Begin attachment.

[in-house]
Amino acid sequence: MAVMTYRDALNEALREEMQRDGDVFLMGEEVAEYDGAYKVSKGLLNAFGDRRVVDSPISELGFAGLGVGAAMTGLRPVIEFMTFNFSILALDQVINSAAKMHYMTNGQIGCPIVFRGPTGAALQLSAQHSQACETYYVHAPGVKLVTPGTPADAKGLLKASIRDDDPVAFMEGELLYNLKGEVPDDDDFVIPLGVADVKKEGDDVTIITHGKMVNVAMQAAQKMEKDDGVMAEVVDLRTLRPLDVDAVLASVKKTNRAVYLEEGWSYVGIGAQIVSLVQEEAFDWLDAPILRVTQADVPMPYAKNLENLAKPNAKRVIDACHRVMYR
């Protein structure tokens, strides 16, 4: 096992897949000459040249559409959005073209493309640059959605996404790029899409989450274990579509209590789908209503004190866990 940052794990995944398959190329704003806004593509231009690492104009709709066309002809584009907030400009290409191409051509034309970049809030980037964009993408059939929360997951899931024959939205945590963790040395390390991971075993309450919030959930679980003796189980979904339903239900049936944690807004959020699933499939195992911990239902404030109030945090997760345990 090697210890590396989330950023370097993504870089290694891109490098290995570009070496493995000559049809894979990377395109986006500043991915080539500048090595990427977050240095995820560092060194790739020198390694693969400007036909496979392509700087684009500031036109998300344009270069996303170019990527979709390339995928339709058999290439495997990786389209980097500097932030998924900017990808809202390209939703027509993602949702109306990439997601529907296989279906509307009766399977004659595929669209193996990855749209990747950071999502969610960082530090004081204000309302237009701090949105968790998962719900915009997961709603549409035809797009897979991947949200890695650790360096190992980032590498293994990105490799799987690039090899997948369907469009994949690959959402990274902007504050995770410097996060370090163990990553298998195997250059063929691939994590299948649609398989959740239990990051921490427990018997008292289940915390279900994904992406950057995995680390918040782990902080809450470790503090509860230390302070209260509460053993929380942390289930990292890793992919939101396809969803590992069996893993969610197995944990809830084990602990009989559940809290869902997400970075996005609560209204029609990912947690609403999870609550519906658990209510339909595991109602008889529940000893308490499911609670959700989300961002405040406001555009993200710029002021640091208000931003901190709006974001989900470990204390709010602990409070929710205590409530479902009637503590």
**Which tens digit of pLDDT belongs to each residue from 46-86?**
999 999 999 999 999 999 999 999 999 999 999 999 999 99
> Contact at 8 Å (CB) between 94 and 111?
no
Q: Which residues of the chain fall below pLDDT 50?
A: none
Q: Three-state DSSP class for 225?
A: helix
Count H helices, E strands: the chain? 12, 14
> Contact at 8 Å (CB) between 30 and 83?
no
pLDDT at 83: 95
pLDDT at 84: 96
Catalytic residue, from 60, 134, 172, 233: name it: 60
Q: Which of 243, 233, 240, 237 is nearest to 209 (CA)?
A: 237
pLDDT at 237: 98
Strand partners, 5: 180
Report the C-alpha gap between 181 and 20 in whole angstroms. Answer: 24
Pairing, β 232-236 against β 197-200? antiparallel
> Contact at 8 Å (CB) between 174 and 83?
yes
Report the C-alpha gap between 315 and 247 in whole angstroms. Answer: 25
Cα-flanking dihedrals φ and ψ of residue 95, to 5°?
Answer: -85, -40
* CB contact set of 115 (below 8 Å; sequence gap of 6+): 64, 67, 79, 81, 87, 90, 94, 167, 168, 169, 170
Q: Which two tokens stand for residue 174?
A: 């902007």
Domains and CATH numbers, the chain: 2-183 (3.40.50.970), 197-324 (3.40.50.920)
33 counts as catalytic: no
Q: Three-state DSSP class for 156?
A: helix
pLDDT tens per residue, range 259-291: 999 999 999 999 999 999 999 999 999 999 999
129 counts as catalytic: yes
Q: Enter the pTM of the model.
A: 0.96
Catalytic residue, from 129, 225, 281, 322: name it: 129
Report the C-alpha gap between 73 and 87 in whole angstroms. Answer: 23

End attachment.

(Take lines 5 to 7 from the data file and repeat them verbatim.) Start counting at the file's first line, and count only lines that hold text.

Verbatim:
999 999 999 999 999 999 999 999 999 999 999 999 999 99
> Contact at 8 Å (CB) between 94 and 111?
no